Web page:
Canon 1D Mark III« »optical Y 3.0 230 fixed n 1/8000s 10.0 n n Canon 1D Mark III
 
Canon 1Ds Mark III« »optical Y 3.0 230 fixed n 1/8000s 5.0 n n Canon 1Ds Mark III
 
Canon 1D Mark II N« »optical Y 2.5 230 fixed n 1/8000s 8.5 n n Canon 1D Mark II N
 
Canon 1D Mark II« »optical Y 2.0 230 fixed n 1/8000s 8.3 n n Canon 1D Mark II
 
Canon 1Ds« »optical Y 2.0 120 fixed n 1/8000s 3.0 n n Canon 1Ds
 
Nikon D3200« »optical n 3.0 921 fixed n 1/4000s 4.0 Y n Nikon D3200
 
Sony A68« »1440 Y 2.7 460 tilting n 1/4000s 8.0 Y Y Sony A68
 
Sony A5100« »- n 3.0 922 tilting Y 1/4000s 6.0 Y n Sony A5100
 
Sony A3000« »202 n 3.0 230 fixed n 1/4000s 2.5 Y n Sony A3000

One feature that is present on the 1D, but is missing on the A58 is a top-level LCD. While being, of course, smaller than the rear screen, the control panel conveys some of the essential shooting information and can be convenient for quick and easy settings verification.

The 1D writes its imaging data to Compact Flash cards, while the A58 uses SDXC or Memory Stick PRO Duo cards.

 

Connectivity comparison

For some imaging applications, the extent to which a camera can communicate with its environment can be an important aspect in the camera decision process. The table below provides an overview of the connectivity of the Canon EOS-1D and Sony Alpha SLT-A58 and, in particular, the interfaces the cameras (and selected comparators) provide for accessory control and data transfer.

Input-Output Connections
  Camera
Model
Hotshoe
Port
Internal
Microphone
Internal
Speaker
Microphone
Port
Headphone
Port
HDMI
Port
USB
Type
WiFi
Support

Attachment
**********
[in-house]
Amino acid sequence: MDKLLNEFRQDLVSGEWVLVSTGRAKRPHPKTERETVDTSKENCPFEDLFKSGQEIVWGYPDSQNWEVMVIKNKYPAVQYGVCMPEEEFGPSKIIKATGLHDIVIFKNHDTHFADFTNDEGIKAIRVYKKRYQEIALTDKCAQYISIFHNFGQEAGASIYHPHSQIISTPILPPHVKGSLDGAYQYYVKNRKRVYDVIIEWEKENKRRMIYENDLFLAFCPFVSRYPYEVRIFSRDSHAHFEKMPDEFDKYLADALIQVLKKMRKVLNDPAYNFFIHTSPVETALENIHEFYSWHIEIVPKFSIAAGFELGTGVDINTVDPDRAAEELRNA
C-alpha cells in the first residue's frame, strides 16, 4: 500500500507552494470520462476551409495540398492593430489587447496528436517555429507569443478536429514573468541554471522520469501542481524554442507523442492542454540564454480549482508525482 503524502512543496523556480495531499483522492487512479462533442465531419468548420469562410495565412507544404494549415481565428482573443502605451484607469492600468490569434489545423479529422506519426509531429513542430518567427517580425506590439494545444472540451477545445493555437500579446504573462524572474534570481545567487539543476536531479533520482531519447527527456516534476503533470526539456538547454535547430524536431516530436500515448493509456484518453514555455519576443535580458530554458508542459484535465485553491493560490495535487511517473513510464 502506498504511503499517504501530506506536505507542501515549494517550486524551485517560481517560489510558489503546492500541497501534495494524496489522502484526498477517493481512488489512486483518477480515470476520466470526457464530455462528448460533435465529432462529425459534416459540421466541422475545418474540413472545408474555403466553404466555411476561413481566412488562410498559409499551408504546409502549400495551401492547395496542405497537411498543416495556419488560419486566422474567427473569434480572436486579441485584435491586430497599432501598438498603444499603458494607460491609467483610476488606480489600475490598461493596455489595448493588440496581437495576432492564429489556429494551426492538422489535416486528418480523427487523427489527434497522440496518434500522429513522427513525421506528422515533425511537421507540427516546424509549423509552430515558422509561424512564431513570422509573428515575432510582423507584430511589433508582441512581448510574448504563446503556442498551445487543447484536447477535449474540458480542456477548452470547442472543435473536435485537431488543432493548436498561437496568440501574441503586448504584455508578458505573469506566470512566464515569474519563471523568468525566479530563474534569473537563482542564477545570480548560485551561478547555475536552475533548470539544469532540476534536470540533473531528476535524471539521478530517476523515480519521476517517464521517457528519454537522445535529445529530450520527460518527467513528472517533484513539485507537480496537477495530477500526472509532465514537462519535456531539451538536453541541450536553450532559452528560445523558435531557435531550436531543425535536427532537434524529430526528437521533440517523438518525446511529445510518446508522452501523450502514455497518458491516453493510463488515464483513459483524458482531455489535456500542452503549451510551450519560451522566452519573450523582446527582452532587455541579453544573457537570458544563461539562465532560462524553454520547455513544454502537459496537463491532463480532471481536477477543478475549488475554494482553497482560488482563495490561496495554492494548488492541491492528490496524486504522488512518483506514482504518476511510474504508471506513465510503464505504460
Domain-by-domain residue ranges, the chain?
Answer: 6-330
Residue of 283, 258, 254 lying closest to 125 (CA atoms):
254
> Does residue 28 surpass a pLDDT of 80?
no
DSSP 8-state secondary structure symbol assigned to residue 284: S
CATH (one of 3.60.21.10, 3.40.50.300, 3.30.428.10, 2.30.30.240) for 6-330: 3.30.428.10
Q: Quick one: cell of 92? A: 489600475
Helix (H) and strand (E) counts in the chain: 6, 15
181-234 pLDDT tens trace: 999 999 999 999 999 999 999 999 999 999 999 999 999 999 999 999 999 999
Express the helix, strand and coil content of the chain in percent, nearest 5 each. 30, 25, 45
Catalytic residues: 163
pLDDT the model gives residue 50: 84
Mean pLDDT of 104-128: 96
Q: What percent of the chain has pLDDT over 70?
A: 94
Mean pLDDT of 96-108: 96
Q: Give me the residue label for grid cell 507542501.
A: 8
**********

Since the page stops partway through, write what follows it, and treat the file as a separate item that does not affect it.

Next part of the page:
NFC
Support
Bluetooth
Support
Camera
Model
 
Canon 1D»Y-----FW---Canon 1D
 
Sony A58«YstereomonoY-mini2.0---Sony A58
 
Canon 1D X Mark II« »YmonomonoYYmini3.0---Canon 1D X Mark II
 
Canon 5D Mark IV« »YmonomonoYYmini3.0YY-Canon 5D Mark IV
 
Canon T5i« »YstereomonoY-mini2.0---Canon T5i
 
Canon 1D C« »YmonomonoYYmini2.0---Canon 1D C
 
Canon 1D X« »Ymono-Y-mini2.0---Canon 1D X
 
Canon 1D Mark IV« »Ystereo-Y-mini2.0---Canon 1D Mark IV
 
Canon 1D Mark III« »Y-----2.0---Canon 1D Mark III
 
Canon 1Ds Mark III« »Y-----2.0---Canon 1Ds Mark III
 
Canon 1D Mark II N« »Y-----1.1---Canon 1D Mark II N
 
Canon 1D Mark II« »Y-----1.1---Canon 1D Mark II
 
Canon 1Ds« »Y-----FW---Canon 1Ds
 
Nikon D3200« »YmonomonoY-mini2.0---Nikon D3200
 
Sony A68« »YstereomonoY-micro2.0---Sony A68
 
Sony A5100« »-stereomono--micro2.0YY-Sony A5100
 
Sony A3000« »Ystereomono--mini2.0---Sony A3000

Studio photographers will appreciate that the Canon 1D (unlike the A58) features a PC Sync socket, so that professional strobe lights can be controlled by the camera.

Both the 1D and the A58 have been discontinued, but can regularly be found used on eBay. The 1D was replaced by the Canon 1D Mark II, while the A58 was followed by the Sony A68. Further information on the two cameras (e.g. user guides, manuals), as well as related accessories, can be found on the official Canon and Sony websites.


Review summary

So how do things add up? Is there a clear favorite between the Canon 1D and the Sony A58? Which camera is better? A synthesis of the relative strong points of each of the models is listed below.

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Advantages of the Canon EOS-1D:

  • Brighter framing: Features an optical viewfinder for clear, lag-free composition.
  • Easier setting verification: Features an LCD display on top to control shooting parameters.
  • Faster shutter: Has higher mechanical shutter speed (1/16000s vs 1/4000s) to freeze action.
  • Faster burst: Shoots at higher frequency (8 vs 5 flaps/sec) to capture the decisive moment.
  • More portrait friendly: Features an integrated vertical grip for easier portrait shooting.
  • Better sealing: Is weather sealed to enable shooting in dusty or wet environments.
  • Better studio light control: Has a PC Sync socket to connect to professional strobe lights.
  • More heavily discounted: Has been available for much longer (launched in September 2001).

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Reasons to prefer the Sony Alpha SLT-A58: